Life on campus is always buzzing at Vanguard University. Whether it’s a sports game, a special campus event, or simply friends spending late nights in the dorms, there always seems to be something going on.
It is an exciting environment to spend your young adult years, but is it just as great when you are a child?
According to Dannae Rushing, the resident director for Catalina Hall and mother of two children, and Chelsea Montminy, the resident director of Laguna Hall and mother of one, raising their young families on campus is a unique experience full of learning opportunities.
“For them, it is such a unique up-bringing, where they literally have hundreds of people who know their name and who are excited to see them around campus,” Rushing said.
Rushing explains a problem she has with her daughter, Eveleigh, who once walked up and held the hand of a random grocery store employee just because it was in reach.
“You have to teach a little more stranger-danger, because my kids don’t know a stranger, everyone knows them and everyone is familiar to them and they assume that every single person is kind and wants to know them,” Rushing said.
Montminy found that the campus environment created a similar problem with her own daughter.
“She doesn’t have any stranger-danger, she says hi to everybody and I love that,” Montminy said. “But sometimes [I feel] like she would just go with anyone, because here [at Vanguard] everyone just picks her up,” Montminy said.
The safety of Vanguard’s campus is something that both mothers agree with being a good quality with raising their children on campus. According to Rushing, community with the students is a big benefit.
“You can’t do any of it alone…I think that raising our kids a part of a community is the biggest pro,” Rushing said.
Community and interaction with college students is a big part of the children’s lives, according to Rushing. Whether talking to them in the cafe or spending time babysitting the children, many students have a connection with the resident directors’ children.
Rushing explains how the students’ attention caused her daughter to love attention so much that even her pre-school teacher noticed it displayed in the classroom.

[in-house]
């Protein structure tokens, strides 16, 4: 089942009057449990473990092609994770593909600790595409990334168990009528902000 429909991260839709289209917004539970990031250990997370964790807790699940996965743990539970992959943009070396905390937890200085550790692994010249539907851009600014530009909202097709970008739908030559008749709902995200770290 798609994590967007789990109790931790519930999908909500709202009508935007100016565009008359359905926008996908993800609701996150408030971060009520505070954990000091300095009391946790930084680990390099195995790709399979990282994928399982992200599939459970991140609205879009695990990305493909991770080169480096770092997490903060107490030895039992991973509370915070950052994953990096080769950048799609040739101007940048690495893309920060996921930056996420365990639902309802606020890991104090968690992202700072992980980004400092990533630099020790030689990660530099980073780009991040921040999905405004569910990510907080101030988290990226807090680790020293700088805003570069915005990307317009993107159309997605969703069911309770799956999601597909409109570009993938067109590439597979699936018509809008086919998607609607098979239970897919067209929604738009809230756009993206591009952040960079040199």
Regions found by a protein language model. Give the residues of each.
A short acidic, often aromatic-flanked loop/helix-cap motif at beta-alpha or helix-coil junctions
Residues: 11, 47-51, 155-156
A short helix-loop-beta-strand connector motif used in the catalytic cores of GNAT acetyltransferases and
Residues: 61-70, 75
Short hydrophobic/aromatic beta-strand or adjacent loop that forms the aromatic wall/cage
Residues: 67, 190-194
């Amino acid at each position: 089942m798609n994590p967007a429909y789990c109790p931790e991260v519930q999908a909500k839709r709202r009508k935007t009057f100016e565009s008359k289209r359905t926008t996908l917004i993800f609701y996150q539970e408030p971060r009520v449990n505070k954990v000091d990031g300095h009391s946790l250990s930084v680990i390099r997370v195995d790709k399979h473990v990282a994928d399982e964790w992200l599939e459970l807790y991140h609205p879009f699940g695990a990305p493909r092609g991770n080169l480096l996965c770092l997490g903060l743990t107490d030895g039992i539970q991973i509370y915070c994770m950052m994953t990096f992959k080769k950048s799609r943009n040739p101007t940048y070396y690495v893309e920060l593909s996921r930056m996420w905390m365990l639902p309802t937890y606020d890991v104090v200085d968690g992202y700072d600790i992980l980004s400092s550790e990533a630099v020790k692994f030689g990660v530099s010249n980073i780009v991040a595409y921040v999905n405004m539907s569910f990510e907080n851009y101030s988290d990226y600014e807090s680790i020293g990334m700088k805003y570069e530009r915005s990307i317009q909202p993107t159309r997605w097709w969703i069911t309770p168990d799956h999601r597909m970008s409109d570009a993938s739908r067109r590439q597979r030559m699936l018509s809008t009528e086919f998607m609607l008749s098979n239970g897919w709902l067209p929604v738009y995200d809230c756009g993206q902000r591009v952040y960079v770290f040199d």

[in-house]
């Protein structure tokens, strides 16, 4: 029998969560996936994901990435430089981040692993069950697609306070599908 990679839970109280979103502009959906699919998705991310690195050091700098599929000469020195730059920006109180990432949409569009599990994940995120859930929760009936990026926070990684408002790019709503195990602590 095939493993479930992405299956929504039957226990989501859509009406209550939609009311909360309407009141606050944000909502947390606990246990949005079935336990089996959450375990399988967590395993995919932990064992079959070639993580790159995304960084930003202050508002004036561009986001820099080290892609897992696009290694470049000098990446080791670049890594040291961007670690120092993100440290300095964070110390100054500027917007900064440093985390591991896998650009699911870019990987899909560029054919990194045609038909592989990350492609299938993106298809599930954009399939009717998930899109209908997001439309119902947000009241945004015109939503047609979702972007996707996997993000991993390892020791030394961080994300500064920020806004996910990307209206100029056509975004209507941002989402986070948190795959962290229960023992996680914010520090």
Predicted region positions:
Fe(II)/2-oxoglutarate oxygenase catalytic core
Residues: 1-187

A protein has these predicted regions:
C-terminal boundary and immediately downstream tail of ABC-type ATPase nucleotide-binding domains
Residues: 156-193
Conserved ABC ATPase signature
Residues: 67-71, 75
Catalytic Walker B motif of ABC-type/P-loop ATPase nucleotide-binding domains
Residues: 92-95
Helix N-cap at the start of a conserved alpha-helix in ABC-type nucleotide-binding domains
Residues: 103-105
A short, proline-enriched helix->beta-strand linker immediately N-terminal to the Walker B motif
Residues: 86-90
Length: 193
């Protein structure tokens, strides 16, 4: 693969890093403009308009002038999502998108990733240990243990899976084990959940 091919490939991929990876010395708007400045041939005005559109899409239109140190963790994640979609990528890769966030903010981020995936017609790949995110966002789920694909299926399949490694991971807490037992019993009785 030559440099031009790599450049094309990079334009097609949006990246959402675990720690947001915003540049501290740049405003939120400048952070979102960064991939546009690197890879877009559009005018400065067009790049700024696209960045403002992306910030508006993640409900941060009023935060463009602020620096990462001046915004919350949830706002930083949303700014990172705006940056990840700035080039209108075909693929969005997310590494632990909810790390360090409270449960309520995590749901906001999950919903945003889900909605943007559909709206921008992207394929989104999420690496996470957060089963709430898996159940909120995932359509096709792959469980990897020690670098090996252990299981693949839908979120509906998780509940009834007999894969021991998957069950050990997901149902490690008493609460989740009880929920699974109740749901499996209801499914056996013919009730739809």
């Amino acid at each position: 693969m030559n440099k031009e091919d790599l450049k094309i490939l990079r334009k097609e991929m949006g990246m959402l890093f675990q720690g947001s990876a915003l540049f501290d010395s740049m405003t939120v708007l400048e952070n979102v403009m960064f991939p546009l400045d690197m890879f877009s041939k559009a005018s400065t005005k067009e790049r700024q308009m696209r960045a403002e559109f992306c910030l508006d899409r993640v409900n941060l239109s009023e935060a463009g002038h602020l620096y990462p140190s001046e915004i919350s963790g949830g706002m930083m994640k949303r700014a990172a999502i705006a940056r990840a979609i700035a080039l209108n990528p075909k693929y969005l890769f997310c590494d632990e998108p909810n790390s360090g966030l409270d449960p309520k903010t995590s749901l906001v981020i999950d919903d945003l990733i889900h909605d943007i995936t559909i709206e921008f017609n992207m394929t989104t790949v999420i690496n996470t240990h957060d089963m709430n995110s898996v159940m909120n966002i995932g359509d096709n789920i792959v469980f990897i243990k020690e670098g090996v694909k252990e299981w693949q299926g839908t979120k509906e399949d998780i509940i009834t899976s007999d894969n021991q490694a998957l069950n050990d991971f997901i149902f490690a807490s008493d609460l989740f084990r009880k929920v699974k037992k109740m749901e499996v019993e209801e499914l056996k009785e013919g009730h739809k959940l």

“The students that are around my kids are around them for a short little period of time, so it’s like, ‘oh yay, this is so fun’. And they’ll do anything my kids ask them to do,” Rushing said.
Along the fun that students have with the children, Rushing claims that students have a deep impact on her children. “There are some students that watch our kids pretty regularly and are teaching them important things that they wouldn’t get somewhere else,” Rushing said.
Like Rushing’s and Montminy’s children, Vanguard junior Jared Gould spent the first nine years of his life growing up a resident director’s child. According to Gould, his experience was positive and full of attention. “[With] all the college kids around me all the time, I felt like I had a lot of attention,” Gould said. “[My] babysitters were all from the college, and pretty much all the people that I interacted with were of college age.”
Attention from college students is a big part of being a child growing up on campus. Rushing has many stories of her young daughter, Eveleigh, thriving off of the attention from students.
“Eveleigh thrives around people, and she loves it so much. She’ll ask everybody’s names and she loves going to the Caf because she gets to see everybody,” Rushing said.
According to Montminy, her daughter also benefits from living on campus with so many people. “I think she loves it. She gets so sad when we’re not on campus and she waves to [young] people and they don’t say hi back…she loves people talking to her,” Montminy said. Raising a child on a college campus may not be conventional, but it teaches children social skills, trust, and kindness from a young age, according to both Rushing and Montminy. It offers the children unique life lessons and experiences that they could not find anywhere else.
Gould explains how growing up on campus for so many years made him feel prepared to start college himself.
“I definitely knew what to expect and knew my way around campus already…being away from home and on my own for the first time, that was a scary thought, but knowing that I was coming back to a familiar place definitely helped me and prepared me for college life,” Gould said.